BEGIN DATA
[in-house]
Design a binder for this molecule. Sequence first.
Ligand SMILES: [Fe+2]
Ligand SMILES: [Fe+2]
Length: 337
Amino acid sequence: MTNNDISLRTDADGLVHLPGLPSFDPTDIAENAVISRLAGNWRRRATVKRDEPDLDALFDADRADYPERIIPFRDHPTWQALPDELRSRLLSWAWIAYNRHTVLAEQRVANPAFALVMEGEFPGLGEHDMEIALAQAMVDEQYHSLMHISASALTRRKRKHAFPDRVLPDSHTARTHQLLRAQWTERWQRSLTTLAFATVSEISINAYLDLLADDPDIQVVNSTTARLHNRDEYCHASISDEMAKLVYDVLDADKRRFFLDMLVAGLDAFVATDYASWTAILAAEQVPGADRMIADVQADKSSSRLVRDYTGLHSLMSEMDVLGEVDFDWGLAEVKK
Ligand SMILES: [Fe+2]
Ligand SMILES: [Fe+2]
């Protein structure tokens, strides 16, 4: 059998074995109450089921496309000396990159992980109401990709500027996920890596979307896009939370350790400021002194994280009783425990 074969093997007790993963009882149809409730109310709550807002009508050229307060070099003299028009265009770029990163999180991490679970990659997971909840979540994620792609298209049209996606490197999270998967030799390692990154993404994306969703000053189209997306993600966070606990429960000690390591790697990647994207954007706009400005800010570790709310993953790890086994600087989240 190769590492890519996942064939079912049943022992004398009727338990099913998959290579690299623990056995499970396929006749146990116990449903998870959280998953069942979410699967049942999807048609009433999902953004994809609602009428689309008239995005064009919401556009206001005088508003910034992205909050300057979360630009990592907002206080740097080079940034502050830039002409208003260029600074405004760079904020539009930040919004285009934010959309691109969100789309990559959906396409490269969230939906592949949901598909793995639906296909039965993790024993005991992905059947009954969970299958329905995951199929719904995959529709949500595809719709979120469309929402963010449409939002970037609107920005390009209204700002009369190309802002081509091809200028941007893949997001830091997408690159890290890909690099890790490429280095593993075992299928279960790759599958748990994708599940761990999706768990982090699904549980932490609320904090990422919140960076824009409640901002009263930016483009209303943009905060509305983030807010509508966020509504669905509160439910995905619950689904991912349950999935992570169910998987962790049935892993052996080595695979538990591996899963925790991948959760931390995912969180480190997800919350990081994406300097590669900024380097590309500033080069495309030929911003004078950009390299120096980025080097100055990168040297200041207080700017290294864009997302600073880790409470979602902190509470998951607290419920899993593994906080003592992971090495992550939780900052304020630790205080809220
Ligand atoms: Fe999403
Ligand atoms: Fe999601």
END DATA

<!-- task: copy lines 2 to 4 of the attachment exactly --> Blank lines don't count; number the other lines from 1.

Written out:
Design a binder for this molecule. Sequence first.
Ligand SMILES: [Fe+2]
Ligand SMILES: [Fe+2]